Next day, a dozen pulls happened. And in a week, a hundred. It still cost a lot but given the responsibility, employee motivation increased. Most productive GM plan. Absenteeism decreased from 45% to 3% and productivity soared. NUUMI was legendary.

Book notes here.

3. SHELF it · Creativity · Skills · Technology

BR 202: How to Design Cool Stuff by John McWade

Category: 3 – SHELF it (All Categories are 1 – Read ASAP!, 2 – BUY it!, 3 – SHELF it, 4 – SOMEDAY it)

Comments: This is a beautifully designed book – as it should be. :) It has lots of interesting examples that demonstrate what is good design and what is bad design. I took away a fair number of tips – but I did miss principles.

Top 3 Learnings:
1. Colors such as yellow, orange and red are warm colors while colors such as blue and purple are cool colors. Cool colors point to professional settings.

2. Breaking images into multiple pieces can be very powerful. Scale: magnifying small pieces can greatly improve perception of importance. Similarly, Cropping images is a powerful tool. A small part of the image can tell a much more powerful story than the rest of the image.

3. Add a photo to the graph. If sales of strawberries, put a strawberry photo behind

Book notes here.

3. SHELF it · Skills

BR 201: Statistics, 4th Edition by Freedman, Pisani, Purves

Category: 3 – SHELF it (All Categories are 1 – Read ASAP!, 2 – BUY it!, 3 – SHELF it, 4 – SOMEDAY it)

Comments: This is a Statistics textbook. So, it definitely isn’t for everyone. However, if you are interested in Statistics, it is an awesome book. Lays out concepts with a ton of clarity.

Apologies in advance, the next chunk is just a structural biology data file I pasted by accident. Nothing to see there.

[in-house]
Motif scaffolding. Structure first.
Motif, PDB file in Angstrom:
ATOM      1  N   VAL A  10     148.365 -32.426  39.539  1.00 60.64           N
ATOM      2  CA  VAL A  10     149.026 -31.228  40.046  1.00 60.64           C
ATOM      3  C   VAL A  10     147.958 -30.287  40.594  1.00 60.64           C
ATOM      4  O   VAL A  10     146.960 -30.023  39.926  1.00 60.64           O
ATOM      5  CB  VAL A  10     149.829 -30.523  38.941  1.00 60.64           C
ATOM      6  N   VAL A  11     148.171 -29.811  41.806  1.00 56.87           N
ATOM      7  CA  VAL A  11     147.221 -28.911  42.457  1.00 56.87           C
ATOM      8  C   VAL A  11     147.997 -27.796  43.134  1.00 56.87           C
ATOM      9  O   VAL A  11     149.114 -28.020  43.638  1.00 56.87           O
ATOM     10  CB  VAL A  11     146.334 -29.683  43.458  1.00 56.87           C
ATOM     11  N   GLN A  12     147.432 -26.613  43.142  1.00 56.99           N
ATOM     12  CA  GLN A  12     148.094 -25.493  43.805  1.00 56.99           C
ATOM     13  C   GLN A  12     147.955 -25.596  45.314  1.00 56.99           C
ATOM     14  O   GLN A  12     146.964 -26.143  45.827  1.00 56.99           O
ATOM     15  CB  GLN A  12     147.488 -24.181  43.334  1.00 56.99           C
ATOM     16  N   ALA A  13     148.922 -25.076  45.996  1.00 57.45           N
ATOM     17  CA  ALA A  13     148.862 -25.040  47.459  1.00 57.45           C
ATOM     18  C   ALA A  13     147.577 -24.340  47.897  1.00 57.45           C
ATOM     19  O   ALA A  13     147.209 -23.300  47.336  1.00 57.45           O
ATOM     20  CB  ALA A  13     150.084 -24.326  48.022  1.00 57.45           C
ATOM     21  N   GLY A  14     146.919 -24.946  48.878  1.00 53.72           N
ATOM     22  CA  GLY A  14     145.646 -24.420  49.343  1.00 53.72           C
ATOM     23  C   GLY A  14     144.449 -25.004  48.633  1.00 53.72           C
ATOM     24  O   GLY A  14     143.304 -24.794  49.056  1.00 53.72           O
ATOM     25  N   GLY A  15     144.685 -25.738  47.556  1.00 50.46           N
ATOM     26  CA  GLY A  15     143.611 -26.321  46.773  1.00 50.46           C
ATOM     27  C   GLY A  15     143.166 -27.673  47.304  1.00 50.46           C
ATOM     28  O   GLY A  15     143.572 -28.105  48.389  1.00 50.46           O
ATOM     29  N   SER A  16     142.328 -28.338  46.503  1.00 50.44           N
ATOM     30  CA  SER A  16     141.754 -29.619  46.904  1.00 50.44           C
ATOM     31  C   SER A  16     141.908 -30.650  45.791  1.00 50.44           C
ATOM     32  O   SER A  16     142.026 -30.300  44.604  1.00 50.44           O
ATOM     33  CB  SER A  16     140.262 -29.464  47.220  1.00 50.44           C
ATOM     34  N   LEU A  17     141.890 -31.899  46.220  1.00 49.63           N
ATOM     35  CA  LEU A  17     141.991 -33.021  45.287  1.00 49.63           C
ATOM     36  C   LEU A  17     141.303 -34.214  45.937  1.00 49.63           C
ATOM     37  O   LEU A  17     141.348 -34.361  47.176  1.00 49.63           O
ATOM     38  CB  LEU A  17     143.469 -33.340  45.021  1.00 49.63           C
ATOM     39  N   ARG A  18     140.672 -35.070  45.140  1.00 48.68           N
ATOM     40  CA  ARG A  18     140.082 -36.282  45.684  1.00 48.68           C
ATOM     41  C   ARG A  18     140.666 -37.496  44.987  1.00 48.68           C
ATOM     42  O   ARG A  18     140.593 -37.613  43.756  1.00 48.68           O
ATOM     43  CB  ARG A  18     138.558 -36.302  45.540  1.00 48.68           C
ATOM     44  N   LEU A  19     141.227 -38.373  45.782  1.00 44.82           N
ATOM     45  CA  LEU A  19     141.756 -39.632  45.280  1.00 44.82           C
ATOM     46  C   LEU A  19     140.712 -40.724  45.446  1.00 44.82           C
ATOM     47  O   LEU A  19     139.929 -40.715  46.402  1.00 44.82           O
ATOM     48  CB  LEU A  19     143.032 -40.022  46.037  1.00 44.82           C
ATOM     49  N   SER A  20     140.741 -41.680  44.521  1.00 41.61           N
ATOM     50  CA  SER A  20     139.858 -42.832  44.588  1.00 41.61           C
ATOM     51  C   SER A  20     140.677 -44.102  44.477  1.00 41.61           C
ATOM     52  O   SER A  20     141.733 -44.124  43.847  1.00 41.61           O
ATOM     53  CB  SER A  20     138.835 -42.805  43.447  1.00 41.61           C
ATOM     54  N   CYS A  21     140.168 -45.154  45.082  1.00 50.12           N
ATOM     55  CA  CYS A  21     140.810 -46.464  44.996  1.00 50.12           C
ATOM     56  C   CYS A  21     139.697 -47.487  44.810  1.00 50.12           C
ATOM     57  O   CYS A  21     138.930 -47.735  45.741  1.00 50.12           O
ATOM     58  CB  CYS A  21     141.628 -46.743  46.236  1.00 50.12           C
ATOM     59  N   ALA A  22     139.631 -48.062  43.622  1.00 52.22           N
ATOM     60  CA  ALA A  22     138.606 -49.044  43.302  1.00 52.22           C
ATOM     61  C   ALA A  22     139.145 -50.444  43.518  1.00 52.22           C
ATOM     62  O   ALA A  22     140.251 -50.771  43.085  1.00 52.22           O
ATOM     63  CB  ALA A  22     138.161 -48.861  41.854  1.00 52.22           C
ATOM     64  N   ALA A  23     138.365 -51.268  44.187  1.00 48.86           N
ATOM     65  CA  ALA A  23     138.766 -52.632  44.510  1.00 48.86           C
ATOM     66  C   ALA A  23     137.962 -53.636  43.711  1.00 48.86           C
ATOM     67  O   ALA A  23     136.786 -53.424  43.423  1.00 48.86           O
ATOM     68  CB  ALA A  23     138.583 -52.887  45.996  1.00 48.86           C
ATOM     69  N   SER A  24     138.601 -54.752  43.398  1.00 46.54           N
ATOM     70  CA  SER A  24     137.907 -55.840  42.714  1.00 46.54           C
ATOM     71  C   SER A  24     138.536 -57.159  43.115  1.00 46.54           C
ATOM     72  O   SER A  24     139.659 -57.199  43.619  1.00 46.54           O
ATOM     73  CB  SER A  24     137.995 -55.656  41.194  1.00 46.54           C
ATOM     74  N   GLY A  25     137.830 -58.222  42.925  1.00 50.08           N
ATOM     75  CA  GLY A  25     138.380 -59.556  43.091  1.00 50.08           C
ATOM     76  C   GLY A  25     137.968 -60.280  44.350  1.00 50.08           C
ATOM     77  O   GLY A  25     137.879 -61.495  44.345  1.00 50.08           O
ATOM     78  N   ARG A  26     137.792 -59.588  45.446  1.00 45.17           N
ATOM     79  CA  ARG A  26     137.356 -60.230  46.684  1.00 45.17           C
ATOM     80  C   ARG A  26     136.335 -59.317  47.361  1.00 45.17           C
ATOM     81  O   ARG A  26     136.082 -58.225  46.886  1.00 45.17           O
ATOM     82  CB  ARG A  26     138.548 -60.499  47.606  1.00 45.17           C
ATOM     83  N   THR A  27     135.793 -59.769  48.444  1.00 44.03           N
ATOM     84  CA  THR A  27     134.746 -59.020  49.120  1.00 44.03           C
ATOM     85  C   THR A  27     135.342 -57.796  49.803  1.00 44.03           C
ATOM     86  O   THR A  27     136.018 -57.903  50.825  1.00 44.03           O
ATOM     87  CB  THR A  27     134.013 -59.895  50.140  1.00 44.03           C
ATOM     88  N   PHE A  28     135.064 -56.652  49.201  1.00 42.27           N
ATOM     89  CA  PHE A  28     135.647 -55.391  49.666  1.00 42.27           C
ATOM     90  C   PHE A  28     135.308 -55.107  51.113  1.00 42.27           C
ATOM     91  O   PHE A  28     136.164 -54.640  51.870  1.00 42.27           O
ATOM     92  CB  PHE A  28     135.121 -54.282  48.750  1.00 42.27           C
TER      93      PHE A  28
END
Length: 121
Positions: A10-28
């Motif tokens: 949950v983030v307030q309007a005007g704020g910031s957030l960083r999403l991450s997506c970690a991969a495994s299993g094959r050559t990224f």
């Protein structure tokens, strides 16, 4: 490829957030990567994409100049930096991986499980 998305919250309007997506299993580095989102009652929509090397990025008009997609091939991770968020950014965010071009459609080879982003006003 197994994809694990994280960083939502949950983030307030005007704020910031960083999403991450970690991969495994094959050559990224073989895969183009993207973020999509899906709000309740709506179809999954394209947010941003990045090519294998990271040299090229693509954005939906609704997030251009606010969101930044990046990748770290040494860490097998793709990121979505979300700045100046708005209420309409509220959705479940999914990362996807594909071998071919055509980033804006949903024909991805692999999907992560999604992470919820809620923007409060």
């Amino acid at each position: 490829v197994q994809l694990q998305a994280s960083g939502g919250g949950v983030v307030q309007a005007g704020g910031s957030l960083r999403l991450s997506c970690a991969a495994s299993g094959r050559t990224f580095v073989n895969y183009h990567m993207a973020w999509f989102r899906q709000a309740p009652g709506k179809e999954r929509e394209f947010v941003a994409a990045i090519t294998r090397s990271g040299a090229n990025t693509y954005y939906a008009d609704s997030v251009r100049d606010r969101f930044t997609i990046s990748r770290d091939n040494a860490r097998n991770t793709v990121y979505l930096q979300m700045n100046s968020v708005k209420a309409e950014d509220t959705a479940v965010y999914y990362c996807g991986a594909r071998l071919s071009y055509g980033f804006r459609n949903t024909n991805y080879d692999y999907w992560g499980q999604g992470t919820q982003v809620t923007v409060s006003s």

Top 3 Learnings:
1. Let’s say you are tossing a coin.
The law of averages says nothing about an increased likelihood of a tail after 4 rows of heads. Instead, it says that – as you keep increasing the number of tosses, the chance error as a percentage of tosses keeps going down.

2. Regressions ONLY deal with associations or correlations. An increase in x is associated with an increase in y.

3. A test of significance gets at the question of whether an observed difference is real (alternative hypothesis) or just a chance variation (null hypothesis). The observed significance level is the chance of getting a test statistic as extreme or more extreme than the observed one. The chance is computed on the basis that the null hypothesis is right. Small values of p are evidence against the null hypothesis – i.e. the observed difference is real.

Book Notes here.

3. SHELF it · Book Review Actions · Book Reviews · Business · Skills · Technology

BR 200: Inspired by Marty Cagan

Category: 3 – SHELF it* (All Categories are 1 – Read ASAP!, 2 – BUY it!, 3 – SHELF it, 4 – SOMEDAY it)

*This is a really nice read if you are interested in Technology Product Management. I’d move this to “BUY It” in that case.

Comments: A really well written and well organized book that beautifully lays out the art and science of product management.

1. The job of the product manager is to discover a product that is valuable, usable, and feasible.